Paid job + trading/artisanship

23

10.2

357,269.22c

57,770.53

F-value = 9.228; p < 0.01

    

Total labour income by labour use mix

    

Farming only

259

52.9

192,371.76a

12,097.18

Farm and off-farm activities

230

47.1

383,162.75b

16,937.51

t-value = 9.166; p < 0.01

    

Gross income by income source mix

    

Labour only

52

10.6

266,766.86a

30,367.86

Labour & remittances

104

21.2

339,215.71a,b

26,224.03

Labour & asset

120

24.5

356,064.14b

27,998.20

Labour, asset & remittances

214

43.7

387,364.01b

21,238.92

F-value = 2.538; p < 0.10

    

NOTE: Mean incomes within each socio-economic group that carry the same superscript, a b or c are not significantly different, while those having different superscripts are significantly different at p < 0.05.

As shown on Table 3, 47.1%of the sampled rural farm households derived some income from off-farm labour sources, with only 10.1% having at least one member engaged in formal employment. With regards to the relative contributions of the various labour and non-labour income sources to an average rural farm household’s income, results on Table 3 shows that labour supplied to the non-farm sector by members of the sampled rural farm household accounted for 27.6% of the farm households labour based income (estimated at ₦282, 263.54 per annum) and 21.9% of gross income (estimated at ₦356, 748.68 per annual). Arable crop production accounted for the largest share of an average sampled farm household’s annual gross income (30.6%) as well as total labour income (38.7%), followed by tree crops production. Overall, efforts put into the household farms yielded an average of ₦175, 638.21 per annum per household, accounting for 49.2% of an average farm household’s annual gross income and 62.2% of total income from members work efforts.

As shown in Table 4, ANOVA results show that significant differences exists at p < 0.01 between the mean farm income of some categories of the sampled rural farm households when grouped across the kind of farm enterprise they were involved in during the 2005/2006 production season. Results of Duncan multiple range tests show that the sampled farm households may be classified into three homogeneous subsets, distinguished on the table by superscripts a, b and c. Households that cultivated both arable and tree crops recorded the highest mean farm income (₦230, 586.35) and fell in the highest income group while those that focused on tree crops and/or livestock only recorded the lowest income (₦61, 556.07) fell in the least farm income group.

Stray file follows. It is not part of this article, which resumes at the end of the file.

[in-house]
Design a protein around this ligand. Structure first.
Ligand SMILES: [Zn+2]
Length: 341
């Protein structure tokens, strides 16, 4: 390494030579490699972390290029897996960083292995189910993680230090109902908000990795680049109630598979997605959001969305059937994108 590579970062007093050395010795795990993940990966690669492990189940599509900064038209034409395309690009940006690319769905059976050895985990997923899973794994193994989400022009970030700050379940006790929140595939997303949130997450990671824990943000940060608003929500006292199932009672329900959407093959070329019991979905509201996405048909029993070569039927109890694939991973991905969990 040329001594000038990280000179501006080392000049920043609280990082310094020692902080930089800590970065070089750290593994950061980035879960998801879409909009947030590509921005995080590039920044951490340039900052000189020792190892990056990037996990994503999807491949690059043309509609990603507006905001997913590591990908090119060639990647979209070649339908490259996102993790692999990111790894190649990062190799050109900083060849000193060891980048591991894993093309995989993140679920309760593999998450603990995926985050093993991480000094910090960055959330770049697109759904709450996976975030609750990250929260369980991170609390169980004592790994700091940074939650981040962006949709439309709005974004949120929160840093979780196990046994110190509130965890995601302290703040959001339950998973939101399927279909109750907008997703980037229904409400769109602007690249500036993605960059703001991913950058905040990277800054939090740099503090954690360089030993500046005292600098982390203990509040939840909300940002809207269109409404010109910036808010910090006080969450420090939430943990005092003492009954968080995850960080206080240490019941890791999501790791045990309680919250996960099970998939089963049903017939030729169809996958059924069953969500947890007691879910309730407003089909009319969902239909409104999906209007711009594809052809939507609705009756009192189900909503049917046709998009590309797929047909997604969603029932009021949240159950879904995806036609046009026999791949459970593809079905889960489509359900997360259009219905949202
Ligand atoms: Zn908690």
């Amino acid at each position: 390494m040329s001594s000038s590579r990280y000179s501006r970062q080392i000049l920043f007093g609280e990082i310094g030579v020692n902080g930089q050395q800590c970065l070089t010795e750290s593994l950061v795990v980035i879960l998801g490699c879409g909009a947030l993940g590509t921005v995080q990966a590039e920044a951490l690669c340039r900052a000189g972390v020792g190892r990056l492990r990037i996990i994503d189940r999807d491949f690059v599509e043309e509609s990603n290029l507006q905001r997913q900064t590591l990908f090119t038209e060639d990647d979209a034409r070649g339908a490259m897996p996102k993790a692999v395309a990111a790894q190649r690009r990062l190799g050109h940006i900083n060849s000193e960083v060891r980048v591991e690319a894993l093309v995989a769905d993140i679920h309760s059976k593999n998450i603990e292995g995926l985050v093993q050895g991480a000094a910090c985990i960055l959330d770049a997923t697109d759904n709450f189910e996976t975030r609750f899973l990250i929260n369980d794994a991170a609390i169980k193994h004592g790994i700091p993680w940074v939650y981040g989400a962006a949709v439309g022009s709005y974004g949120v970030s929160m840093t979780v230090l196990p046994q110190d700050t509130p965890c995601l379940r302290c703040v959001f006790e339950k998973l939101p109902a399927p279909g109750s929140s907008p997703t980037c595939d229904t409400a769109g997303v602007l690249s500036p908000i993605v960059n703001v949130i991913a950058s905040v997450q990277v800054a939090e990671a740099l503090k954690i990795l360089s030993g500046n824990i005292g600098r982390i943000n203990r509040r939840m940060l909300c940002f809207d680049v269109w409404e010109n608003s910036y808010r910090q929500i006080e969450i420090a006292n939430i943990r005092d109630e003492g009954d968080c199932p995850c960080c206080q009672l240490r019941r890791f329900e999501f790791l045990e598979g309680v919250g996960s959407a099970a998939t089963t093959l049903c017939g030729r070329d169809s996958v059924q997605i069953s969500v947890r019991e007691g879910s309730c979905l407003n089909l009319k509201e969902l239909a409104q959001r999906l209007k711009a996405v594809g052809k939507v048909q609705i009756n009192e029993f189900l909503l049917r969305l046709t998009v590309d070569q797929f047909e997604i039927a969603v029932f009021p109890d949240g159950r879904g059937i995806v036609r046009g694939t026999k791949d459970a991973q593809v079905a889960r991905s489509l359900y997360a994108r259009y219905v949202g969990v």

Similar analysis in respect of off-farm labour supply mix also shows that significant differences exist at p < 0.01 between the mean off-farm income some groups of the sampled rural farm households. Farm households that had at least one members involved in paid employment in addition to trading and/or artisanship recorded the highest off-farm income (₦357, 269.22), and were placed in a separate (and the highest) off-farm income group, based on results of Duncan multiple range tests. Meanwhile, farm households whose members concentrated on only one line of off-farm activities except paid employment (i.e. artisanship only, trading only or services only) fell in the lowest off-farm income group. Furthermore, result of t-test conducted in respect of total labour income shows that farm households whose members participated in off-farm activities recorded, on the average, an annual labour income of ₦383, 162.75, which is significantly higher at p < 0.01 than the ₦192, 371.76 recorded by those whose members’ efforts were concentrated on farming activities only.

ANOVA results also show that significant differences exist in the mean gross income of farm households that derived their income from different mix of labour use, income generating assets and remittances at 10% level of significance. Result of Duncan multiple range tests show that the mean income of those households that relied solely on their members labour, on the average, is significantly lower at p < 0.05 than the average income of those households that, in addition to their members labour, also owned some income generating assets. Evidence in respect of farm households that received some remittances, however, showed that such receipt did not significantly raise the affected farm households’ gross income above what was obtained by other comparable households without such remittances.